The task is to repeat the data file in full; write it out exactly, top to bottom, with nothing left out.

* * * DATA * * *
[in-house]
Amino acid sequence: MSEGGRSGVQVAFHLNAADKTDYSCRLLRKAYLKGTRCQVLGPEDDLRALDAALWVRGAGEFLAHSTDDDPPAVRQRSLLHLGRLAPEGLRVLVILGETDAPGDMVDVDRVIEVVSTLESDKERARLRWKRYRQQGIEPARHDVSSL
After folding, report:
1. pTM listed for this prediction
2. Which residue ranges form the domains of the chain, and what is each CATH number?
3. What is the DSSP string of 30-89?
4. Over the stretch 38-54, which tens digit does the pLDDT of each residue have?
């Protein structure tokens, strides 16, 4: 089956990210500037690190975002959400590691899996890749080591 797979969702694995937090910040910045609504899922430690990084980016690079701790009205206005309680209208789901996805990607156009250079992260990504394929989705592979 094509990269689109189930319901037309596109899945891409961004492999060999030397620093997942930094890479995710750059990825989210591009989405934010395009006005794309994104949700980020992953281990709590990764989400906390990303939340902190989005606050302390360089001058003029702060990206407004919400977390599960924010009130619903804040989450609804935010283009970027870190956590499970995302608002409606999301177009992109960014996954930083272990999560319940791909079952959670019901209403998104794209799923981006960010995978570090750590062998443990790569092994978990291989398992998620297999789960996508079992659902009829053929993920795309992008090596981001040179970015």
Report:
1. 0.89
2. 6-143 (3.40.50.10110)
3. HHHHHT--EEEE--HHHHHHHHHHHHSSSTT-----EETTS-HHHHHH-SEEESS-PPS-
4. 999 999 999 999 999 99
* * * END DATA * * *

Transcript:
[in-house]
Amino acid sequence: MSEGGRSGVQVAFHLNAADKTDYSCRLLRKAYLKGTRCQVLGPEDDLRALDAALWVRGAGEFLAHSTDDDPPAVRQRSLLHLGRLAPEGLRVLVILGETDAPGDMVDVDRVIEVVSTLESDKERARLRWKRYRQQGIEPARHDVSSL
After folding, report:
1. pTM listed for this prediction
2. Which residue ranges form the domains of the chain, and what is each CATH number?
3. What is the DSSP string of 30-89?
4. Over the stretch 38-54, which tens digit does the pLDDT of each residue have?
């Protein structure tokens, strides 16, 4: 089956990210500037690190975002959400590691899996890749080591 797979969702694995937090910040910045609504899922430690990084980016690079701790009205206005309680209208789901996805990607156009250079992260990504394929989705592979 094509990269689109189930319901037309596109899945891409961004492999060999030397620093997942930094890479995710750059990825989210591009989405934010395009006005794309994104949700980020992953281990709590990764989400906390990303939340902190989005606050302390360089001058003029702060990206407004919400977390599960924010009130619903804040989450609804935010283009970027870190956590499970995302608002409606999301177009992109960014996954930083272990999560319940791909079952959670019901209403998104794209799923981006960010995978570090750590062998443990790569092994978990291989398992998620297999789960996508079992659902009829053929993920795309992008090596981001040179970015």
Report:
1. 0.89
2. 6-143 (3.40.50.10110)
3. HHHHHT--EEEE--HHHHHHHHHHHHSSSTT-----EETTS-HHHHHH-SEEESS-PPS-
4. 999 999 999 999 999 99